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This weekend's big NSA showdown, explained

Sen. Rand Paul (R-KY) and Senate Majority Leader Mitch McConnell (R-KY) are political allies in their home state of Kentucky, but they're on opposite sides of the NSA spying debate.
Sen. Rand Paul (R-KY) and Senate Majority Leader Mitch McConnell (R-KY) are political allies in their home state of Kentucky, but they're on opposite sides of the NSA spying debate.
Aaron P. Bernstein/Getty Images

Yesterday, Sen. Rand Paul (R-KY) and several other senators critical of NSA spying staged a dramatic Senate filibuster to publicize the cause of reforming the NSA. Now the Senate is heading for a weekend showdown on NSA surveillance that could determine whether Congress will finally start to impose real limits on the spy agency.

Senate Majority Leader Mitch McConnell is planning to bring up two different pieces of legislation for a vote. One, favored by surveillance hawks including McConnell, would extend the NSA's existing spying authority for another two months. The second bill is the USA Freedom Act, which was approved by the House last week. It would narrow the NSA's spying powers and require greater transparency.

A third option, favored by a small but growing group of privacy advocates, is to simply let a key provision of the Patriot Act expire, without passing the USA Freedom Act.

McConnell is pushing the votes now because that Patriot Act provision is set to expire on June 1. And that's putting the NSA and its defenders in a tight spot. The House overwhelmingly favors reform and probably wouldn't vote to continue the NSA's current powers. And a recent court ruling calls the future of the NSA's phone records program into question, even if Congress did renew the current law.

We don't know how the Senate will vote, but the chances of significant NSA reform look better than they have in a long time.

Why the USA Freedom Act could be better for privacy

Sen. Ron Wyden (D-OR) is a leading NSA critic.  (Gabriella Demczuk/Getty Images)

The USA Freedom Act has drawn criticism from some of the most ardent privacy critics, including Paul (R-KY), who see it as a vehicle for perpetuating, rather than ending, NSA spying. These hard-liners believe it's better to simply allow a controversial Patriot Act provision, known as Section 215, to expire. That would reduce NSA spying authority without granting the agency any new powers.

But advocates of the USA Freedom Act point out that Section 215 isn't the only legal basis for NSA spying programs. The government has invoked Section 215 to justify the collection of Americans' telephone records (though an appeals court ruled this was illegal earlier this month). But the NSA has a number of other spying programs, such as PRISM, that can also collect private information of innocent Americans.

These programs rely on other parts of the law that are not scheduled to expire on June 1. And so advocates say the USA Freedom Act — which contains a number of procedural and transparency reforms — would be an important step toward holding the NSA accountable.

At the same time, privacy experts say the USA Freedom Act has some flaws. "The bill allows for the collection of information 'two hops out' — records of entities who communicate with or are otherwise connected to a target," says Amie Stepanovich, a legal expert at the pro-privacy group Access. "This would wrap in sensitive information of potentially millions of non-targets."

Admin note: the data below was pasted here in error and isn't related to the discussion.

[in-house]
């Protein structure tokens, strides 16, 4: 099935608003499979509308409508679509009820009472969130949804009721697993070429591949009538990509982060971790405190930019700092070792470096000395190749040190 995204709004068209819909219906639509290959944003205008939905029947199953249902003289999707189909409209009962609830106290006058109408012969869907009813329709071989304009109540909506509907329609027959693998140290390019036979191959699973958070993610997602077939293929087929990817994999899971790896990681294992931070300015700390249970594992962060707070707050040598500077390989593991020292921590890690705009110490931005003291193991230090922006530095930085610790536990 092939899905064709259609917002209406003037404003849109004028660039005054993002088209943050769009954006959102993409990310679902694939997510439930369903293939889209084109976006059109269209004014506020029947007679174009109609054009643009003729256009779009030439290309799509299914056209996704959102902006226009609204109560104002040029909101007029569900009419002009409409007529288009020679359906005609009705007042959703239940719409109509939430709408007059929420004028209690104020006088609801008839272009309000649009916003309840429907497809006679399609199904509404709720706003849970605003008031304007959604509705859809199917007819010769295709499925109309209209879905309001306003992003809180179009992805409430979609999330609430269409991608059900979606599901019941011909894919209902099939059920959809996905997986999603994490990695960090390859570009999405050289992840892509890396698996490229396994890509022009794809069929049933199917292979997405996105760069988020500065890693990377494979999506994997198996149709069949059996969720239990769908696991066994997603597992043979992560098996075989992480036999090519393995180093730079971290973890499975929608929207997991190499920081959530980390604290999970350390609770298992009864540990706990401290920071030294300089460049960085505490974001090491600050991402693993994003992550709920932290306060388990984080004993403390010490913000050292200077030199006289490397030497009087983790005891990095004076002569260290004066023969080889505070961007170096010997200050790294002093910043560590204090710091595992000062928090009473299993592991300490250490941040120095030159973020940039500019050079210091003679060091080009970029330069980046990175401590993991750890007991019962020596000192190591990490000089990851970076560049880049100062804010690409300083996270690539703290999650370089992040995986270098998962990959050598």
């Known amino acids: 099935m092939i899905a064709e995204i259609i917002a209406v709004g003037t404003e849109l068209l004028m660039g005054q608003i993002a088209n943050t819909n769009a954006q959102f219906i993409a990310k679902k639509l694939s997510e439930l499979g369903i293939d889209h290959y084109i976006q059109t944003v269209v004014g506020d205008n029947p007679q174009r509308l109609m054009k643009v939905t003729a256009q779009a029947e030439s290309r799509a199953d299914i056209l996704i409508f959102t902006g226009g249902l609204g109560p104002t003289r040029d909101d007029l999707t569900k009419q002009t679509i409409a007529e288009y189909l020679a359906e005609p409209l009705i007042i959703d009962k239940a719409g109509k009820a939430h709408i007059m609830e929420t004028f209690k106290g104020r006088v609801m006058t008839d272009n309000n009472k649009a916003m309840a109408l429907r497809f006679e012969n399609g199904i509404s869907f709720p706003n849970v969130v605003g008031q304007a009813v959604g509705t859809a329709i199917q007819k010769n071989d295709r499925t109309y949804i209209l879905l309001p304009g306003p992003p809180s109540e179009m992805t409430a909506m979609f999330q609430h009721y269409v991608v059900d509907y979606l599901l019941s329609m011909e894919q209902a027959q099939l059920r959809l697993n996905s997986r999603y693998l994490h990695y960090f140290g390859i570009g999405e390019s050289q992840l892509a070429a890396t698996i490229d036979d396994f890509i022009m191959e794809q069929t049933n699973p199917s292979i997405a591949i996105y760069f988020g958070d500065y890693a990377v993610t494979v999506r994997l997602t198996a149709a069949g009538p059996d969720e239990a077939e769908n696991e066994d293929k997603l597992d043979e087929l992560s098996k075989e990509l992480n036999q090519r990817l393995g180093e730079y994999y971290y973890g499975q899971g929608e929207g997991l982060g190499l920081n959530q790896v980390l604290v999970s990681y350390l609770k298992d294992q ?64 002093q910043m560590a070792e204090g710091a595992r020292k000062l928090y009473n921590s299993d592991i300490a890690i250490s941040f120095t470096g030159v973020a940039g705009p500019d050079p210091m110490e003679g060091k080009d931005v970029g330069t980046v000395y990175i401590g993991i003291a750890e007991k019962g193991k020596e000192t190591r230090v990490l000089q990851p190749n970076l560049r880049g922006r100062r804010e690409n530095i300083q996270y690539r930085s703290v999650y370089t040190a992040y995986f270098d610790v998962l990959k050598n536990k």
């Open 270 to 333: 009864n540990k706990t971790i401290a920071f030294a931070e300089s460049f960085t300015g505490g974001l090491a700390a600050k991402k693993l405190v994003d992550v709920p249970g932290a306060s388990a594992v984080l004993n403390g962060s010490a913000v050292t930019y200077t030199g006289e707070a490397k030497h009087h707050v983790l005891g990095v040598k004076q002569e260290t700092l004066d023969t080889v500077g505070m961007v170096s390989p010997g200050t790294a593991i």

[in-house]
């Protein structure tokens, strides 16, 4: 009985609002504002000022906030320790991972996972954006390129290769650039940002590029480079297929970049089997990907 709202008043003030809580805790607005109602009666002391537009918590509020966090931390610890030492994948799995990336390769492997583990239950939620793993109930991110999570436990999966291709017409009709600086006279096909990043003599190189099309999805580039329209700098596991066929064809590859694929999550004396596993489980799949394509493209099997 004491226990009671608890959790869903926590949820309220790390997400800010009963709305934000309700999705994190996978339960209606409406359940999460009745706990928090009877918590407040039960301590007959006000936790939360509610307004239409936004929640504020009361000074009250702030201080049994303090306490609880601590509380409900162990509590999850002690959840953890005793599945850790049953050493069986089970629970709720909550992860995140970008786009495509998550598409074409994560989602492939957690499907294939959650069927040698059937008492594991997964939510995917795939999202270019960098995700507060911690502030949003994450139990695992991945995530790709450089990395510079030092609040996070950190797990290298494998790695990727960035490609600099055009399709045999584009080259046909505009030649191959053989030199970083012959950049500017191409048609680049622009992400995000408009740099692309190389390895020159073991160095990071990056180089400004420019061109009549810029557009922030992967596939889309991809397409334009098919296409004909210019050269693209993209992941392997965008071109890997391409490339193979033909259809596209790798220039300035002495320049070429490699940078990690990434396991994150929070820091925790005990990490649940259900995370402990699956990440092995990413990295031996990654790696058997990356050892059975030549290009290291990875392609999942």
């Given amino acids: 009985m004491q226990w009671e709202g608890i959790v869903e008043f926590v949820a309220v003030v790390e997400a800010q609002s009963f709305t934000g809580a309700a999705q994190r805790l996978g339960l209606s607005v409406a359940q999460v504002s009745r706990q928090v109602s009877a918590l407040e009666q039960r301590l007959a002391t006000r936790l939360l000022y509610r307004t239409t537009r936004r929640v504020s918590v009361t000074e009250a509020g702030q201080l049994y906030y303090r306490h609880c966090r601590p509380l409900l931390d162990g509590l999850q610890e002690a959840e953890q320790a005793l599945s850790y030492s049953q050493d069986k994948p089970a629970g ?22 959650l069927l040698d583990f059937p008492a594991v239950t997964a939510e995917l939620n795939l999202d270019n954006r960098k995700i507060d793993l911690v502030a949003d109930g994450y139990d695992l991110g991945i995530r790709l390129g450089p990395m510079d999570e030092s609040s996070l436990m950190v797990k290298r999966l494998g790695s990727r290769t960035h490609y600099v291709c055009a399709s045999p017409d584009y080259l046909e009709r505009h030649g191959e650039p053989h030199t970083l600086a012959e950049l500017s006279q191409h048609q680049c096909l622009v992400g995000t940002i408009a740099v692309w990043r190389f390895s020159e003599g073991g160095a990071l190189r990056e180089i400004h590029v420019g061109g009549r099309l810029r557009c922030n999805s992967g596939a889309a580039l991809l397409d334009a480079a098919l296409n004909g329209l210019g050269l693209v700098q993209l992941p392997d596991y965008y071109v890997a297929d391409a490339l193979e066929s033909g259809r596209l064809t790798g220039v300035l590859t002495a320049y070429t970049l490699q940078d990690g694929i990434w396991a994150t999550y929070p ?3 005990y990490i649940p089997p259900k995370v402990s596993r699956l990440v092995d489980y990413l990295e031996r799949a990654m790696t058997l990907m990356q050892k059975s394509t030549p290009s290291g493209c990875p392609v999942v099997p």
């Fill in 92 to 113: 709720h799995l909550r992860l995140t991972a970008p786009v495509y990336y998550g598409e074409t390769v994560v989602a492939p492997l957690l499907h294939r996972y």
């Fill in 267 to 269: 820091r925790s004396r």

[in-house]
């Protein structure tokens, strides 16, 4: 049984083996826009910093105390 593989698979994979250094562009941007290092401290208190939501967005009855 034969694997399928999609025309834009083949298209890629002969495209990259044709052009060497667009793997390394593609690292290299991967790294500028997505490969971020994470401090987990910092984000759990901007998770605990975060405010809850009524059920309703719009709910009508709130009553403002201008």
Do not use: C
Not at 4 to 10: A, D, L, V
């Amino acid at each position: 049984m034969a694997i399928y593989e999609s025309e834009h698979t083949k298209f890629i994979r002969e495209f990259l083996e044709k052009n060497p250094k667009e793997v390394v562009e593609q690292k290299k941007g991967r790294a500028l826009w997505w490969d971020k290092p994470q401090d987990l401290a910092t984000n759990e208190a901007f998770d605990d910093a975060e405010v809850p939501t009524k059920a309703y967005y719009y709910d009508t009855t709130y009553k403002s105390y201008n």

The imminent expiration of Section 215 gives privacy advocates a strong bargaining position. If they do nothing, one of the most controversial NSA spying programs will be forced to shut down. And in the view of NSA critics, that would be a good thing.

Mitch McConnell faces an uphill battle to save the NSA's phone records program

NSA headquarters. (NSA)

McConnell (R-KY) is a strong NSA supporter, and he wants to ensure that the agency's phone records program can continue. But he faces three huge obstacles to making that happen.

First, it's not clear McConnell has the votes to pass a Patriot Act extension. Sen. Chuck Schumer (D-NY) has said there's "close to Democratic unanimity" in support of the USA Freedom Act, and a number of Senate Republicans favor reforms as well. So McConnell may not be able to get even a majority in favor of a "clean" extension of current law, to say nothing of overcoming a threatened filibuster.

Even if the Senate did pass a "clean" extension of Section 215, the House seems unlikely to follow suit. The House vote for the USA Freedom Act was 338 to 88, with overwhelming majorities of both Republican and Democrats supporting the legislation. It's hard to believe that after voting overwhelmingly to end the NSA's bulk collection program, the House would vote to renew current law with no changes.

Finally, it's not even clear that renewing Section 215 would save the NSA's phone records program. That's because a federal appeals court has ruled that the program is illegal under Section 215. The ruling ran counter to previous rulings by the secretive FISA court.

"We have a split of federal courts," Stepanovich told me on Wednesday. "It's going to depend on either the Supreme Court to step in, or for Congress to pass some kind of reform."

But merely renewing the existing, contested language of Section 215 won't clear up the dispute. Which means that even if McConnell somehow gets his legislation approved, it still might not save the NSA's spying program.